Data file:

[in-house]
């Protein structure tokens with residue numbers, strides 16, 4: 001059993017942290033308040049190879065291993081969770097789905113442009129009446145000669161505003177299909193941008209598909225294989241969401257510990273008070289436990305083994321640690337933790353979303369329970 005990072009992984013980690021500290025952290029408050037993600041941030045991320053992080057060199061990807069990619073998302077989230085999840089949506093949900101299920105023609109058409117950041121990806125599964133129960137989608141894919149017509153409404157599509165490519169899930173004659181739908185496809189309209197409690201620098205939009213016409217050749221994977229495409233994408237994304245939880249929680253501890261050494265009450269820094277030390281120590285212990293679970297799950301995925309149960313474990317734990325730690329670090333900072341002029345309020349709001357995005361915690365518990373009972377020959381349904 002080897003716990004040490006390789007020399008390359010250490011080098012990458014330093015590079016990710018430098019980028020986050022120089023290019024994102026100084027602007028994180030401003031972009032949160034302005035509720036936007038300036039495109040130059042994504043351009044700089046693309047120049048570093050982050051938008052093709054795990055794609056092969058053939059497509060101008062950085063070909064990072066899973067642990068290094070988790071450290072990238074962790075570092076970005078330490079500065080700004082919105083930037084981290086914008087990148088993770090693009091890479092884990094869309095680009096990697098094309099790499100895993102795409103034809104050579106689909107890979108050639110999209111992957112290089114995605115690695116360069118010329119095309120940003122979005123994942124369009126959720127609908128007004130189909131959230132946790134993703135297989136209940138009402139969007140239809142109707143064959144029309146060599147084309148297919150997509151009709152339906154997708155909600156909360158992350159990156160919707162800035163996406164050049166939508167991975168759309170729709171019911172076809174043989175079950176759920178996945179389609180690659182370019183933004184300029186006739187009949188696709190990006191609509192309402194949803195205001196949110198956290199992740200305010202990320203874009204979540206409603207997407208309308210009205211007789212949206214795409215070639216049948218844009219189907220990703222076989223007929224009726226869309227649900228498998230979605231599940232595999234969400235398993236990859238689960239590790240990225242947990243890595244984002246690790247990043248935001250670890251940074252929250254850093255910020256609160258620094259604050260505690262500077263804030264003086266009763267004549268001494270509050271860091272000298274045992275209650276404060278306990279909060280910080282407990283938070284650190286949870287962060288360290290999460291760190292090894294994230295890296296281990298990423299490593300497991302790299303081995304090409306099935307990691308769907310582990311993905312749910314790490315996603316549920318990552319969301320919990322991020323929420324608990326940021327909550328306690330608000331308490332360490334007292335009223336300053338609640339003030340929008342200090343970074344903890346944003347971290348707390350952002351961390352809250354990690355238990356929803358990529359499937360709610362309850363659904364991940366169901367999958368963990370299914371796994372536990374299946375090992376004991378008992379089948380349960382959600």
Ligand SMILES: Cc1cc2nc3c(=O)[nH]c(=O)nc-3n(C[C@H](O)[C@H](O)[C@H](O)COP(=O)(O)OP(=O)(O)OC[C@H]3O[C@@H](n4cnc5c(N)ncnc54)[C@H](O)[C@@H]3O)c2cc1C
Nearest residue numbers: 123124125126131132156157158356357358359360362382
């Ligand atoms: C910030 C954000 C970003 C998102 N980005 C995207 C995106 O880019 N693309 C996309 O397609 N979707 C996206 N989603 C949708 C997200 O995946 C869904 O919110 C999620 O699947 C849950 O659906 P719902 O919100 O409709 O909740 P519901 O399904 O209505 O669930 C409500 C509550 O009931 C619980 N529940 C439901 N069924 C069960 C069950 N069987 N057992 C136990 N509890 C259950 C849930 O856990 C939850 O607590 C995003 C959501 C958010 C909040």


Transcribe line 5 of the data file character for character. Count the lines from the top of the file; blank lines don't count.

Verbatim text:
């Ligand atoms: C910030 C954000 C970003 C998102 N980005 C995207 C995106 O880019 N693309 C996309 O397609 N979707 C996206 N989603 C949708 C997200 O995946 C869904 O919110 C999620 O699947 C849950 O659906 P719902 O919100 O409709 O909740 P519901 O399904 O209505 O669930 C409500 C509550 O009931 C619980 N529940 C439901 N069924 C069960 C069950 N069987 N057992 C136990 N509890 C259950 C849930 O856990 C939850 O607590 C995003 C959501 C958010 C909040």